The epistemic innocence of clinical memory distortions

Mind and Language 33 (3):263-279 (2018)
  Copy   BIBTEX

Abstract

In some neuropsychological disorders memory distortions seemingly fill gaps in people’s knowledge about their past, where people’s self-image, history, and prospects are often enhanced. False beliefs about the past compromise both people’s capacity to construct a reliable autobiography and their trustworthiness as communicators. However, such beliefs contribute to people’s sense of competence and self-confidence, increasing psychological wellbeing. Here we consider both psychological benefits and epistemic costs, and argue that distorting the past is likely to also have epistemic benefits that cannot be obtained otherwise, such as enabling people to exchange information, receive feedback, and retain key beliefs about themselves.

Links

PhilArchive



    Upload a copy of this work     Papers currently archived: 76,215

External links

Setup an account with your affiliations in order to access resources via your University's proxy server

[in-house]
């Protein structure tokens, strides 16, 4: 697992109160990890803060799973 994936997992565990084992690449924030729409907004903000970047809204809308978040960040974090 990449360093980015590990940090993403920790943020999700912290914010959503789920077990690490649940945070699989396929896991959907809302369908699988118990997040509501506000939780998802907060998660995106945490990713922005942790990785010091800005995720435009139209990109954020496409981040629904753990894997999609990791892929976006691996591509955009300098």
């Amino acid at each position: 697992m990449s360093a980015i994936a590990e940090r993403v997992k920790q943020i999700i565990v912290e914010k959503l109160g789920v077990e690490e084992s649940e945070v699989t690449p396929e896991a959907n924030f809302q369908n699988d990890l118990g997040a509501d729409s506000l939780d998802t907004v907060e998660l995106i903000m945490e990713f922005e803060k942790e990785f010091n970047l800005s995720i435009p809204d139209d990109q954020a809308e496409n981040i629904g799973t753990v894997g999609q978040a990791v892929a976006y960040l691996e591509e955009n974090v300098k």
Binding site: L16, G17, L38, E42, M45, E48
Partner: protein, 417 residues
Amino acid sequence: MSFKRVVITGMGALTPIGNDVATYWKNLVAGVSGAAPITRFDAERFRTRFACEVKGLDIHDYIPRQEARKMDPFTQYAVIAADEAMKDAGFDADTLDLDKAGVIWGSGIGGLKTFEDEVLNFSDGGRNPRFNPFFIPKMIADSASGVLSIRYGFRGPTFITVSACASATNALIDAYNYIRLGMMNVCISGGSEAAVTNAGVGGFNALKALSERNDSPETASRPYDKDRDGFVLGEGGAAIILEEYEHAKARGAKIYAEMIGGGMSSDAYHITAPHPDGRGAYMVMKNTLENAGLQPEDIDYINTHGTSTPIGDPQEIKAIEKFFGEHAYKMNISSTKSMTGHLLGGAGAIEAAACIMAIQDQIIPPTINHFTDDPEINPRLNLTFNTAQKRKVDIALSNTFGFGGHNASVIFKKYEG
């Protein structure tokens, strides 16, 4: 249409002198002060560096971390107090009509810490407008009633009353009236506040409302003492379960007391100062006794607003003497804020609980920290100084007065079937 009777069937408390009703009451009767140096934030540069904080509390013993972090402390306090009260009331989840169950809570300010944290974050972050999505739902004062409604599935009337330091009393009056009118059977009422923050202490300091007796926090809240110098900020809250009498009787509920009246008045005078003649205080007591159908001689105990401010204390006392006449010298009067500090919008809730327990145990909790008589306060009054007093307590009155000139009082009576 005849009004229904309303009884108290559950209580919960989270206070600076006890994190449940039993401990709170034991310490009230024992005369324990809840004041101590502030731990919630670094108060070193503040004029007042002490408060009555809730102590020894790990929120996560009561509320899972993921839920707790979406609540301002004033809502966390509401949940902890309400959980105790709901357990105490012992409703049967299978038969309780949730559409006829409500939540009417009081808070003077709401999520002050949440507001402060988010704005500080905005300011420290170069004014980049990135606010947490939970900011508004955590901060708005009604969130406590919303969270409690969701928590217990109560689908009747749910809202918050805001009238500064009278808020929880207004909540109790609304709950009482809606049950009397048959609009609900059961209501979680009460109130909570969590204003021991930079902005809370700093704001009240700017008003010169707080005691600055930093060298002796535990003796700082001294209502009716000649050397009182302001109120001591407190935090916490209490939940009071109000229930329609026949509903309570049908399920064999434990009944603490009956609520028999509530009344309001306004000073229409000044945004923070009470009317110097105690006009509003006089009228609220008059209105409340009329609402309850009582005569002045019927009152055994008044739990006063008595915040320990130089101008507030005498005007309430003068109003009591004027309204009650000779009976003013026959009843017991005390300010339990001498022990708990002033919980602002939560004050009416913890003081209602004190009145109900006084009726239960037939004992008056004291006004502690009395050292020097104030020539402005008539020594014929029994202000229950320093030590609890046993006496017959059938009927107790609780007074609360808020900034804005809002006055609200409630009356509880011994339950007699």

Through your library

Similar books and articles

The Epistemic Innocence of Motivated Delusions.Lisa Bortolotti - 2015 - Consciousness and Cognition (33):490-499.
The epistemic innocence of psychedelic states.Chris Letheby - 2016 - Consciousness and Cognition 39:28-37.
Costs and Benefits of Imperfect Cognitions.Lisa Bortolotti & Ema Sullivan-Bissett - 2015 - Consciousness and Cognition 33:487-489.
Epistemic Benefits of Elaborated and Systematized Delusions in Schizophrenia.Lisa Bortolotti - 2016 - British Journal for the Philosophy of Science 67 (3):879-900.
The virtues of epistemic conservatism.Kevin McCain - 2008 - Synthese 164 (2):185-200.
Epistemic and non-Epistemic Theories of Remembering.Steven James - 2017 - Pacific Philosophical Quarterly:109-127.
Husker du?Fred Adams - 2011 - Philosophical Studies 153 (1):81-94.
Depressive Delusions.Magdalena Antrobus & Lisa Bortolotti - 2016 - Filosofia Unisinos 17 (2):192-201.

Analytics

Added to PP
2017-05-06

Downloads
61 (#196,694)

6 months
4 (#183,357)

Historical graph of downloads
How can I increase my downloads?

Author Profiles

Lisa Bortolotti
University of Birmingham
Ema Sullivan-Bissett
University of Birmingham

References found in this work

The Constitution of Selves.Christopher Williams & Marya Schechtman - 1998 - Philosophical Review 107 (4):641.
The evolution of misbelief.Ryan McKay & Daniel Dennett - 2009 - Behavioral and Brain Sciences 32 (6):493.
The Epistemic Innocence of Motivated Delusions.Lisa Bortolotti - 2015 - Consciousness and Cognition (33):490-499.
Epistemic Benefits of Elaborated and Systematized Delusions in Schizophrenia.Lisa Bortolotti - 2016 - British Journal for the Philosophy of Science 67 (3):879-900.

View all 15 references / Add more references